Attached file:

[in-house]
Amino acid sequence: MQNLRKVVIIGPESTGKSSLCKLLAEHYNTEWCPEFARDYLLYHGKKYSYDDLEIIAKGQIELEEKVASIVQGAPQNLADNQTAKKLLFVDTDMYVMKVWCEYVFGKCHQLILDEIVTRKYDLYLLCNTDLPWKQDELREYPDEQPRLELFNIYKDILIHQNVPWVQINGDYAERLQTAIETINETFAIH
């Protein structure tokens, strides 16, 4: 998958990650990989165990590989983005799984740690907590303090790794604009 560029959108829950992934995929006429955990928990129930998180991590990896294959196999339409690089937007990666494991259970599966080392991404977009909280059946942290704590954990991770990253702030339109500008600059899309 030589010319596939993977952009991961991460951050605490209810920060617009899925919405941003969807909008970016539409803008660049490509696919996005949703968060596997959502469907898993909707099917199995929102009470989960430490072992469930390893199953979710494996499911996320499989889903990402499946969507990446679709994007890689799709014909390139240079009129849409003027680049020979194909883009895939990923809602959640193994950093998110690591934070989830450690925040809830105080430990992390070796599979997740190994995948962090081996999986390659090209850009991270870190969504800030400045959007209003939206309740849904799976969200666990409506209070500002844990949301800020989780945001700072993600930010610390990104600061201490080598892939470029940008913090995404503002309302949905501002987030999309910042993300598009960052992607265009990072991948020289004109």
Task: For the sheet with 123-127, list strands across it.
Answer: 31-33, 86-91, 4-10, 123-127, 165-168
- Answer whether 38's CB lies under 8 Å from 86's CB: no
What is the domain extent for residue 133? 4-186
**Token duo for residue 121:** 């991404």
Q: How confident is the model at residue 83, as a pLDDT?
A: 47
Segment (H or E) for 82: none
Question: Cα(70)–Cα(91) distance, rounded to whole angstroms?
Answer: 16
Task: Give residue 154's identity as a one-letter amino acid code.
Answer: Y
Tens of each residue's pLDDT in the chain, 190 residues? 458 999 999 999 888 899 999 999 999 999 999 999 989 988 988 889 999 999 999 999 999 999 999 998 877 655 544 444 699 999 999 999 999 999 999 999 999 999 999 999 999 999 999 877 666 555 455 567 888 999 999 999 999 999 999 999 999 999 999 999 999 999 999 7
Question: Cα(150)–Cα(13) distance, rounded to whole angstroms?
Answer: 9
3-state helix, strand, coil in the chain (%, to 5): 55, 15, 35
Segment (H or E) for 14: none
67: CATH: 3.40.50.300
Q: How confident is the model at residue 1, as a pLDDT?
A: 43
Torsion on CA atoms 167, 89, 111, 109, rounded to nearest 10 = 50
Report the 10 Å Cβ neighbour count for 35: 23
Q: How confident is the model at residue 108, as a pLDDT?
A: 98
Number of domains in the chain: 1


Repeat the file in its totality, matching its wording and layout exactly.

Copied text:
[in-house]
Amino acid sequence: MQNLRKVVIIGPESTGKSSLCKLLAEHYNTEWCPEFARDYLLYHGKKYSYDDLEIIAKGQIELEEKVASIVQGAPQNLADNQTAKKLLFVDTDMYVMKVWCEYVFGKCHQLILDEIVTRKYDLYLLCNTDLPWKQDELREYPDEQPRLELFNIYKDILIHQNVPWVQINGDYAERLQTAIETINETFAIH
């Protein structure tokens, strides 16, 4: 998958990650990989165990590989983005799984740690907590303090790794604009 560029959108829950992934995929006429955990928990129930998180991590990896294959196999339409690089937007990666494991259970599966080392991404977009909280059946942290704590954990991770990253702030339109500008600059899309 030589010319596939993977952009991961991460951050605490209810920060617009899925919405941003969807909008970016539409803008660049490509696919996005949703968060596997959502469907898993909707099917199995929102009470989960430490072992469930390893199953979710494996499911996320499989889903990402499946969507990446679709994007890689799709014909390139240079009129849409003027680049020979194909883009895939990923809602959640193994950093998110690591934070989830450690925040809830105080430990992390070796599979997740190994995948962090081996999986390659090209850009991270870190969504800030400045959007209003939206309740849904799976969200666990409506209070500002844990949301800020989780945001700072993600930010610390990104600061201490080598892939470029940008913090995404503002309302949905501002987030999309910042993300598009960052992607265009990072991948020289004109």
Task: For the sheet with 123-127, list strands across it.
Answer: 31-33, 86-91, 4-10, 123-127, 165-168
- Answer whether 38's CB lies under 8 Å from 86's CB: no
What is the domain extent for residue 133? 4-186
**Token duo for residue 121:** 């991404």
Q: How confident is the model at residue 83, as a pLDDT?
A: 47
Segment (H or E) for 82: none
Question: Cα(70)–Cα(91) distance, rounded to whole angstroms?
Answer: 16
Task: Give residue 154's identity as a one-letter amino acid code.
Answer: Y
Tens of each residue's pLDDT in the chain, 190 residues? 458 999 999 999 888 899 999 999 999 999 999 999 989 988 988 889 999 999 999 999 999 999 999 998 877 655 544 444 699 999 999 999 999 999 999 999 999 999 999 999 999 999 999 877 666 555 455 567 888 999 999 999 999 999 999 999 999 999 999 999 999 999 999 7
Question: Cα(150)–Cα(13) distance, rounded to whole angstroms?
Answer: 9
3-state helix, strand, coil in the chain (%, to 5): 55, 15, 35
Segment (H or E) for 14: none
67: CATH: 3.40.50.300
Q: How confident is the model at residue 1, as a pLDDT?
A: 43
Torsion on CA atoms 167, 89, 111, 109, rounded to nearest 10 = 50
Report the 10 Å Cβ neighbour count for 35: 23
Q: How confident is the model at residue 108, as a pLDDT?
A: 98
Number of domains in the chain: 1